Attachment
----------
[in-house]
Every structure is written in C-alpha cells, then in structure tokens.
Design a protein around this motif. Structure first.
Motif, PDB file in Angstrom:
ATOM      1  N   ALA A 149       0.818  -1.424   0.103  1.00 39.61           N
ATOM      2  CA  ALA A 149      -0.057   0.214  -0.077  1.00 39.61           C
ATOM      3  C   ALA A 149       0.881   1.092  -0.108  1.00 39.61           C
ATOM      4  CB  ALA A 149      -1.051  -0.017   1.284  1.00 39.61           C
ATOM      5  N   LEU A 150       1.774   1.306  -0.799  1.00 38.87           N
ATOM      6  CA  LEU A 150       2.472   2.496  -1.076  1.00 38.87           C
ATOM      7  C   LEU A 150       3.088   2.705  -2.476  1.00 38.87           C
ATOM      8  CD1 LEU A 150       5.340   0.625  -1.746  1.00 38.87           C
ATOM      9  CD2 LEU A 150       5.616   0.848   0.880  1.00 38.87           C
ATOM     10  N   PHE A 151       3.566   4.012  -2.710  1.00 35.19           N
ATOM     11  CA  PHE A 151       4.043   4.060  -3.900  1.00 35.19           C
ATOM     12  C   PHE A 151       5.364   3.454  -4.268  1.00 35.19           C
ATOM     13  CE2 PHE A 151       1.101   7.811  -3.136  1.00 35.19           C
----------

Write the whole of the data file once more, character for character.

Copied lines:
[in-house]
Every structure is written in C-alpha cells, then in structure tokens.
Design a protein around this motif. Structure first.
Motif, PDB file in Angstrom:
ATOM      1  N   ALA A 149       0.818  -1.424   0.103  1.00 39.61           N
ATOM      2  CA  ALA A 149      -0.057   0.214  -0.077  1.00 39.61           C
ATOM      3  C   ALA A 149       0.881   1.092  -0.108  1.00 39.61           C
ATOM      4  CB  ALA A 149      -1.051  -0.017   1.284  1.00 39.61           C
ATOM      5  N   LEU A 150       1.774   1.306  -0.799  1.00 38.87           N
ATOM      6  CA  LEU A 150       2.472   2.496  -1.076  1.00 38.87           C
ATOM      7  C   LEU A 150       3.088   2.705  -2.476  1.00 38.87           C
ATOM      8  CD1 LEU A 150       5.340   0.625  -1.746  1.00 38.87           C
ATOM      9  CD2 LEU A 150       5.616   0.848   0.880  1.00 38.87           C
ATOM     10  N   PHE A 151       3.566   4.012  -2.710  1.00 35.19           N
ATOM     11  CA  PHE A 151       4.043   4.060  -3.900  1.00 35.19           C
ATOM     12  C   PHE A 151       5.364   3.454  -4.268  1.00 35.19           C
ATOM     13  CE2 PHE A 151       1.101   7.811  -3.136  1.00 35.19           C